I'd rather be a Conservative Nutjob. Than a Liberal with NO Nuts & NO Job

  8. #7
    Quote Originally Posted by BluesStringer View Post
    I'm not positive, but I perceive that most of the banter fudo refers to here was from a thread about a CWP holder that shot an armed robber at a Waffle House in SC in January of 2012. Fudo might also be thinking about one or more of the threads about the Zimmerman/Martin case in FL around the same time-frame. The opposed viewpoints were gone through ad nauseum on both subjects.

    Both cases present specific facts and/or assumptions that people were evaluating to determine whether or not they would take similar actions as the shooter did. In the case of the Waffle House incident, the shooter actually joined this site just to enter that thread and disspell the many myths and inaccuracies he found there. His user name is "snipingshadow" for any of the newcomers who would like a first-hand accounting of a legal use of force by a CC'er.

    "Wading into a situation that otherwise" does not involve you is a relative concept. The Waffle House shooter was not being shot at, was not being confronted by the robber at the moment he decided to draw, and took the actions he did based on what he determined to be something akin to his "civic duty." He was supported by his local Sheriff. Because it was deemed a legitimate use of force by LE, he was protected by state law as being immune from civil penalties (the family of the dead robber could not sue him). You can read the whole thread (it's a long one) to fully understand the scenario, and the contentious nature of some of the exchanges aside, there's a lot of good analysis of when it is or is not appropriate to involve one's self in a defense-of-others shooting.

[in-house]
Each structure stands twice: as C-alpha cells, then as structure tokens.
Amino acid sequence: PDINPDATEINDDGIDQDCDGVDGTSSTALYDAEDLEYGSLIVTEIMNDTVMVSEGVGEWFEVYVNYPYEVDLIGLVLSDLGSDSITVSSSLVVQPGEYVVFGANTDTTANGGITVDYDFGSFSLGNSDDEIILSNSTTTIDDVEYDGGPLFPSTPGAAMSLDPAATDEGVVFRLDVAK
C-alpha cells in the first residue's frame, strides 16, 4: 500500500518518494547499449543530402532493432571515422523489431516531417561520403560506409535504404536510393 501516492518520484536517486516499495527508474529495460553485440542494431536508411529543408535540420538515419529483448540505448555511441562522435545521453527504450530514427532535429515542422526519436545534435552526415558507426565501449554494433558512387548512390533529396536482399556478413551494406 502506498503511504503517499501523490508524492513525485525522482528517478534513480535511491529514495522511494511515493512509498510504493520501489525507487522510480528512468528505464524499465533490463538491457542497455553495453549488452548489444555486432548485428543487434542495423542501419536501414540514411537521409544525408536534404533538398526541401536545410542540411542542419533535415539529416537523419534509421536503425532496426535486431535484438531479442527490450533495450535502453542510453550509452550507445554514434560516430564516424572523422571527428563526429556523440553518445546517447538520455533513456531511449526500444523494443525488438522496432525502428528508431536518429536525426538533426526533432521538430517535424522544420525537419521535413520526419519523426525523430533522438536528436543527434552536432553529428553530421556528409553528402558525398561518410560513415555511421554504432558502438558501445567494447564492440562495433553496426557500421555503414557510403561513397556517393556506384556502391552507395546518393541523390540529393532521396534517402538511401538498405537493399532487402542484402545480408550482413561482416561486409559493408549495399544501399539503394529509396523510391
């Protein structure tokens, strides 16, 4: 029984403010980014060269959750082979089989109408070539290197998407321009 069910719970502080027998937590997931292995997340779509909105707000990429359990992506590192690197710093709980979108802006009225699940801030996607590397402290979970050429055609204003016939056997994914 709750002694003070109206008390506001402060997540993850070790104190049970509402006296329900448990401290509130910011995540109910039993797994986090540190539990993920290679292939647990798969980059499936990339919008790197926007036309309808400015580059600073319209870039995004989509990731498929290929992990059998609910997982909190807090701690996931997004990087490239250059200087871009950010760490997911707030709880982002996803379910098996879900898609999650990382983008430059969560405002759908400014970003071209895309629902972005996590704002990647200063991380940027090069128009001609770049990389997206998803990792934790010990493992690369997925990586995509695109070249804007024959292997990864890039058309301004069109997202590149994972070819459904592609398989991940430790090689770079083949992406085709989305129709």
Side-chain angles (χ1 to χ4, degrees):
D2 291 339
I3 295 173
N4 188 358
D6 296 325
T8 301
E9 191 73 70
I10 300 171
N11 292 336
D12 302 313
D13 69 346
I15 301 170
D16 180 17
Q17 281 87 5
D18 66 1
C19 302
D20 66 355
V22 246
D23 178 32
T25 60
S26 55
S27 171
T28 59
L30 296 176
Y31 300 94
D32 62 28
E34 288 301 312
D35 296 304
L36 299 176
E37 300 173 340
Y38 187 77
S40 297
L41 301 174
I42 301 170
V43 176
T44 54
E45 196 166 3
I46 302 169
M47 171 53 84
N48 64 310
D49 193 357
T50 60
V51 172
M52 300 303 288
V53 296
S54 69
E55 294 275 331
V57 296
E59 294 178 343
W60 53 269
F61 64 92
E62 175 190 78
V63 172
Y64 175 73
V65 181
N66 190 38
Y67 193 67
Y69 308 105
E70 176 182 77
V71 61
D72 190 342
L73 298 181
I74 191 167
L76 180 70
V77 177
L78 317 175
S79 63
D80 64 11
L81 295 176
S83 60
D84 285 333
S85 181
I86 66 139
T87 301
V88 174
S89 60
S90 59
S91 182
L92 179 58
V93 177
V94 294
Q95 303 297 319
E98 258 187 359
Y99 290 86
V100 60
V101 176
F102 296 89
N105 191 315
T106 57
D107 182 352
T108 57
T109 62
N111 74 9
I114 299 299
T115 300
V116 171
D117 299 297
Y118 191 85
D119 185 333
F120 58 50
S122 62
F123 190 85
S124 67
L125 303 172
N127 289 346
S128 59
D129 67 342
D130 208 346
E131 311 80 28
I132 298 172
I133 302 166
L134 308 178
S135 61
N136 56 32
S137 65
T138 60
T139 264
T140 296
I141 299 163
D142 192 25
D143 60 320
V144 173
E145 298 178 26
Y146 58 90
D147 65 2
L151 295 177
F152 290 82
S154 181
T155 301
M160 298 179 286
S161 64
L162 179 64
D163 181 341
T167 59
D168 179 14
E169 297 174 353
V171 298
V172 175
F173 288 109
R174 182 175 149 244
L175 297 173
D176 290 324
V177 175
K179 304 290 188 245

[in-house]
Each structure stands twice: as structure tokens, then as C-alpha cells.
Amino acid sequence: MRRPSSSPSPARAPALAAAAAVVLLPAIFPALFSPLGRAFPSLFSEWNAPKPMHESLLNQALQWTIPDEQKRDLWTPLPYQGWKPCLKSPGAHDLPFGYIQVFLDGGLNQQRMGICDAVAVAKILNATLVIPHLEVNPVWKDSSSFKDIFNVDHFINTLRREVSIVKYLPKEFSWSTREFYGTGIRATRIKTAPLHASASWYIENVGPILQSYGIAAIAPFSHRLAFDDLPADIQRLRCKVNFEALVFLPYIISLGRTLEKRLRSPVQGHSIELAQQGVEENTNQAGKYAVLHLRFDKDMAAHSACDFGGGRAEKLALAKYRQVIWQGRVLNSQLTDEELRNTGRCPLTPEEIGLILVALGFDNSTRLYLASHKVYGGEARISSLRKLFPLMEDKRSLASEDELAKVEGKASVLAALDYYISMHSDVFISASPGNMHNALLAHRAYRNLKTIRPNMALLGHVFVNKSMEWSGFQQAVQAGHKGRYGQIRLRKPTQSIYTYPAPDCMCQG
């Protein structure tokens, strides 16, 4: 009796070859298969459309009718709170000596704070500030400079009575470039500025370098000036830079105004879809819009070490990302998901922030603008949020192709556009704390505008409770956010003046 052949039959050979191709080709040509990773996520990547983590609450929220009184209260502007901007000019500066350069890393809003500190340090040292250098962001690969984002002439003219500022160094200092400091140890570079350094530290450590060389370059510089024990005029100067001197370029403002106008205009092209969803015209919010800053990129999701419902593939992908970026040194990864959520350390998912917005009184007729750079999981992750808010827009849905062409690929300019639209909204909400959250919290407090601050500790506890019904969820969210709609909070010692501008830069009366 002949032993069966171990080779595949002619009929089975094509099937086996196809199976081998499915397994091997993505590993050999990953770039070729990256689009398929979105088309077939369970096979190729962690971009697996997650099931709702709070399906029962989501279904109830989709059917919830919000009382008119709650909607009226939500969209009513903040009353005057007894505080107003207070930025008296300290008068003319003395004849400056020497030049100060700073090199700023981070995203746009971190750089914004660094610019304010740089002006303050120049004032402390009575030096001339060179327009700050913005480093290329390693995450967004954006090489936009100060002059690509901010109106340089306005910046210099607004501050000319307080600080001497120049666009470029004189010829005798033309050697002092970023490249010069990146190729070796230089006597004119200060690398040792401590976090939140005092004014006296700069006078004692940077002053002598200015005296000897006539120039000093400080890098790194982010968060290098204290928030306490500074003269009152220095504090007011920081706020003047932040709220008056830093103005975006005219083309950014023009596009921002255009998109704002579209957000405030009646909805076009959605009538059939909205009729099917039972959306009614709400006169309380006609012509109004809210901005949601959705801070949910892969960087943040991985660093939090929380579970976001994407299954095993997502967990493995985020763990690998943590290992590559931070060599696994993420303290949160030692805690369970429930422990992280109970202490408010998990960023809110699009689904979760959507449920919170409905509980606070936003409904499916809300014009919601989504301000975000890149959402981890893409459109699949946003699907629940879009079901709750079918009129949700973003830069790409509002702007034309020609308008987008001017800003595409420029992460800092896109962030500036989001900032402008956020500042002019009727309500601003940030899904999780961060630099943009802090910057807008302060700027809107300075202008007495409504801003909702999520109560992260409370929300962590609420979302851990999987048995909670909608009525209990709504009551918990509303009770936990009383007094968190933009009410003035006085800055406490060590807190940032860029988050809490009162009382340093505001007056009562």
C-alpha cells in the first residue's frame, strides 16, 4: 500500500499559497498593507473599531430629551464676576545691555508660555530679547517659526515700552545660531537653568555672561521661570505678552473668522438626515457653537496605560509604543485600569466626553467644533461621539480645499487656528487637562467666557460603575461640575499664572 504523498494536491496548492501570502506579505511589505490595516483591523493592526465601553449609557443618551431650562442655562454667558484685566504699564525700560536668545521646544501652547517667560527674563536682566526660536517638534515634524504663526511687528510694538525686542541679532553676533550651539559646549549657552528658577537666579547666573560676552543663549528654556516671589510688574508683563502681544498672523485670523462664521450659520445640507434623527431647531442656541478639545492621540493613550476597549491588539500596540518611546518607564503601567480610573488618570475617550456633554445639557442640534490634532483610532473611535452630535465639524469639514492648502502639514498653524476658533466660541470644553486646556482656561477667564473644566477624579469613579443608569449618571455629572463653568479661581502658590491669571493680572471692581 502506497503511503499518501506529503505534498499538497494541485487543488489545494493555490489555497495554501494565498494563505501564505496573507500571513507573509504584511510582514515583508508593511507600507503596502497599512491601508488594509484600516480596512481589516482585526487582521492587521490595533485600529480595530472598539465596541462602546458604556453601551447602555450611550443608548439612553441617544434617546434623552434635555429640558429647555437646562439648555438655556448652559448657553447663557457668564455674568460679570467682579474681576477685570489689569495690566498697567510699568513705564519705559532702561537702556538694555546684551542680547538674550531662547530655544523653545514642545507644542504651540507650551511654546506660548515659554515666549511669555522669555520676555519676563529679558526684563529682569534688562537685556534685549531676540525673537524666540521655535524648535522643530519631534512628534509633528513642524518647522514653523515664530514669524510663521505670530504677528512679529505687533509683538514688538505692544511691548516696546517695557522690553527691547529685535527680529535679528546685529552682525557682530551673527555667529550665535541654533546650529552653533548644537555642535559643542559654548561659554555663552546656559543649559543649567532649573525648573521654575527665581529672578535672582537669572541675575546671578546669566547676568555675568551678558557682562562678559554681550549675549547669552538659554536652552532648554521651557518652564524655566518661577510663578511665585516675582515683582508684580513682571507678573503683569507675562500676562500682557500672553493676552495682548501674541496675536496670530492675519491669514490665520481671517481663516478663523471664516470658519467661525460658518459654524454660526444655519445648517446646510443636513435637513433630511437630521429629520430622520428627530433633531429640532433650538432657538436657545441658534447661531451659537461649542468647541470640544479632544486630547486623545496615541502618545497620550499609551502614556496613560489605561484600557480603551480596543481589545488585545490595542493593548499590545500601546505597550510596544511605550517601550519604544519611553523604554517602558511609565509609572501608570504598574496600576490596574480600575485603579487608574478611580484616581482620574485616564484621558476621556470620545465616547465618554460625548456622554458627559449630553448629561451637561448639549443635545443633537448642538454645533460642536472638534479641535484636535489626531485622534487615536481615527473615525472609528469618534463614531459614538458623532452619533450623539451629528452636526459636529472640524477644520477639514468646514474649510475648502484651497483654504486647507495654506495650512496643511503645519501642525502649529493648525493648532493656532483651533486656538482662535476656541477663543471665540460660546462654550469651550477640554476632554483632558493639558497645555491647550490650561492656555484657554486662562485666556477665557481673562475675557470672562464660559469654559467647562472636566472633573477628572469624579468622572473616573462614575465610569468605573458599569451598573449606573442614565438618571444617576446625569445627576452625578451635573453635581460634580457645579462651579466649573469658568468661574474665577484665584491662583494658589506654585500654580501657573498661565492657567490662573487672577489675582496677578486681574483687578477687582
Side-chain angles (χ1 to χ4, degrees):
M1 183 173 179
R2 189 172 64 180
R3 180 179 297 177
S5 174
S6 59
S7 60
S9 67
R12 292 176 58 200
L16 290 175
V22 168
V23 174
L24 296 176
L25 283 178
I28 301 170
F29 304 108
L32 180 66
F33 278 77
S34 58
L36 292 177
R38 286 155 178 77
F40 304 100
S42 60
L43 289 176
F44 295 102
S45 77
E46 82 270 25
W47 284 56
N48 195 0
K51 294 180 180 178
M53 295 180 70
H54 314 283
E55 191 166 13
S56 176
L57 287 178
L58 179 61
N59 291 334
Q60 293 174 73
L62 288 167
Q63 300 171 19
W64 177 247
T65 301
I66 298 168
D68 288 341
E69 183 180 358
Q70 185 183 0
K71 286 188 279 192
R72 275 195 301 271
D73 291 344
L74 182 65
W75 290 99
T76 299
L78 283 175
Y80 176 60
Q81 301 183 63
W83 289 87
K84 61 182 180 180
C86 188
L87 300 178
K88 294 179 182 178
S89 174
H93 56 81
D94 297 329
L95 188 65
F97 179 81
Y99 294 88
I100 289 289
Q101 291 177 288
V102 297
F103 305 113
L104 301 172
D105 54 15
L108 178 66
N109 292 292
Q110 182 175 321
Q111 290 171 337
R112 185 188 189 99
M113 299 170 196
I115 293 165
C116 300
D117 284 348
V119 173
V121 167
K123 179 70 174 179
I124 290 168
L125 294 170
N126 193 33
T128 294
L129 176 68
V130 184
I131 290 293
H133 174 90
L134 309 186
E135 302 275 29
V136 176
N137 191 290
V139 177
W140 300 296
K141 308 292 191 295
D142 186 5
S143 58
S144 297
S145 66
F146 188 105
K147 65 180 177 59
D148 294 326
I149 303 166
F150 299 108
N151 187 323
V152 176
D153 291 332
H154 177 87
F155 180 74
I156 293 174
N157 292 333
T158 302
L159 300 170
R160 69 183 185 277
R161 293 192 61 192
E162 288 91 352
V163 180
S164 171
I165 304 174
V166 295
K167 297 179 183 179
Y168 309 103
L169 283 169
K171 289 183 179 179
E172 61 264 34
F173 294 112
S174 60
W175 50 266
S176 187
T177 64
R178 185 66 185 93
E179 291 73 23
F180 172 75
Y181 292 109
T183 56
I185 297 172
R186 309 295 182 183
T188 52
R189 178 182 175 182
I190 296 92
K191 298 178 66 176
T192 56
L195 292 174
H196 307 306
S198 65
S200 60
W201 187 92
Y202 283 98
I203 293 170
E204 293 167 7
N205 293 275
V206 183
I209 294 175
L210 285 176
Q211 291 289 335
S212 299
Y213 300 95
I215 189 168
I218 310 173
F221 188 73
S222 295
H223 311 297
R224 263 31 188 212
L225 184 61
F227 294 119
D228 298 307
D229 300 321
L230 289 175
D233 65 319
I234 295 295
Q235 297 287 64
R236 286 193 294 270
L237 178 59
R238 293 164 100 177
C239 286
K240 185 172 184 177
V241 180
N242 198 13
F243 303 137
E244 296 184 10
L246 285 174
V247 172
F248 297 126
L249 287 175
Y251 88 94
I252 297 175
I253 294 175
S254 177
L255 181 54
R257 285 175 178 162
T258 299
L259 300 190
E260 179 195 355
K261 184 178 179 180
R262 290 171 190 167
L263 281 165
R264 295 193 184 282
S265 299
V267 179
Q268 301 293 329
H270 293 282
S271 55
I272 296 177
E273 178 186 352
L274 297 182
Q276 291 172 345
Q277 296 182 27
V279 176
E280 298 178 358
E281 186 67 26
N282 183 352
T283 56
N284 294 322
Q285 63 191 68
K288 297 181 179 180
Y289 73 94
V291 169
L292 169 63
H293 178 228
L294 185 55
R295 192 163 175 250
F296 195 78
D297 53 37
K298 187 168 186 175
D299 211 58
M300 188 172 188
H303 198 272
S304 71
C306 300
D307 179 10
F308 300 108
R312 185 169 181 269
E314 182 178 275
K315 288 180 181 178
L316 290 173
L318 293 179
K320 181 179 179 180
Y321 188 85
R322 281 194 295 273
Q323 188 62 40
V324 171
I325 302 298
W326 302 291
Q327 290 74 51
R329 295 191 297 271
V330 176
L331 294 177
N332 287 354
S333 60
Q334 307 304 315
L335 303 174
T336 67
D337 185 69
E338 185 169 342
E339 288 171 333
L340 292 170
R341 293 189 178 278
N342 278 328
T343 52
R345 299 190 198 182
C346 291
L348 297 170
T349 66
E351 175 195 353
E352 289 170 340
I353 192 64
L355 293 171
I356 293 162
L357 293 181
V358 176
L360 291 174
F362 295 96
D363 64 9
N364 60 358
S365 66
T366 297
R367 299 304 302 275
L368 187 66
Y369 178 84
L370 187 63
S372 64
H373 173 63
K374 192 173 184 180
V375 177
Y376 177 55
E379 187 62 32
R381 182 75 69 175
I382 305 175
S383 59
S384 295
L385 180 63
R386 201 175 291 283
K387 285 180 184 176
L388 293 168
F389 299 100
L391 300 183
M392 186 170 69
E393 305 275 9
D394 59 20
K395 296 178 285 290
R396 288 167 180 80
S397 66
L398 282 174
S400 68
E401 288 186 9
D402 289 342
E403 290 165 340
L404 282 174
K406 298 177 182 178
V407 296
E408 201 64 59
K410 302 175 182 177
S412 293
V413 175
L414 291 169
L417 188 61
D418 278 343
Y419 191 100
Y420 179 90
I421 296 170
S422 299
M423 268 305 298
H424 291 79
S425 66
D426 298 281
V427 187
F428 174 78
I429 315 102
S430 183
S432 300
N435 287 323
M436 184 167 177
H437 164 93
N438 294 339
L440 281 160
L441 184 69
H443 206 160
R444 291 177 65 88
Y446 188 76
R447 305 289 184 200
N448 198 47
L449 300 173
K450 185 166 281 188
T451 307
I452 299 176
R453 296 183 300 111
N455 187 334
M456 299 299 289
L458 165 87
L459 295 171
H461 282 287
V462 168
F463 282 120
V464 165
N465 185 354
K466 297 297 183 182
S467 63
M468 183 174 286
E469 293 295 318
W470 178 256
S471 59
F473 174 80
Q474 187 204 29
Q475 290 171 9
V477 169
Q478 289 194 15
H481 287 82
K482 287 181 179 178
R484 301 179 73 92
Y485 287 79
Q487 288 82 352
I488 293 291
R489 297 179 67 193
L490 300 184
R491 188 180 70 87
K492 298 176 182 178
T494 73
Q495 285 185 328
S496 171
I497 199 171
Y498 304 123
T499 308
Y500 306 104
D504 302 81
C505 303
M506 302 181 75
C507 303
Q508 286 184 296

I don't call it "civic duty" myself. I hope and pray that I will have the wherewithal to involve myself if/when my involvement can save innocent lives, and have the appropriate amount of self-restraint if/when getting involved is inappropriate for the situation. I will say this about that though. The legalities are not what I will suss out in the nano-seconds I might have to make that decision. The criteria for me is simply will I be a help or a hindrance? Will I possibly save a life, or do I not have enough information to know whether the target I perceive to be the "bad guy" is indeed the bad guy? If I can't answer those two questions (at least), I hope and pray that I have the presence of mind and self-restraint not to involve myself. If the answers to those two questions are clear in my mind though, I don't care what the law says, I intend to save innocent lives if/when I can. The same criteria would go into making a decision to go towards any other scenario where lives are at stake, whether it be a fire, a bombing, a weather-related disaster or whatever. If I can help, I will. If I'm going to be in the way or exacerbate the danger, I'll refrain. "Civics" has nothing to do with it for me. Only considerations of the right and wrong (for me) decisions would be included in my criteria.

    Blues
    Very well put! Blindly going into a situation would and could be very bad. I totally agree with your two question criteria. I also do not know what I will do if and when a situation arises. It will depend on a number of things. I do hope and pray that I will make the right decision and act in the proper way.

  9. #8
    Well said, Blues. You are correct about my reference to the other thread. I agree with you 99%. I include that a civic or societal duty is, or should also be, a component in right action for individual or public welfare.
    War to the Knife, Knife to the hilt.
    If we don't want to live in a trashy area, we all have to be willing to help pick up the trash.

  10. #9
    I hope I am not addressing this part of your post out of context.
    .
    Quote Originally Posted by BluesStringer View Post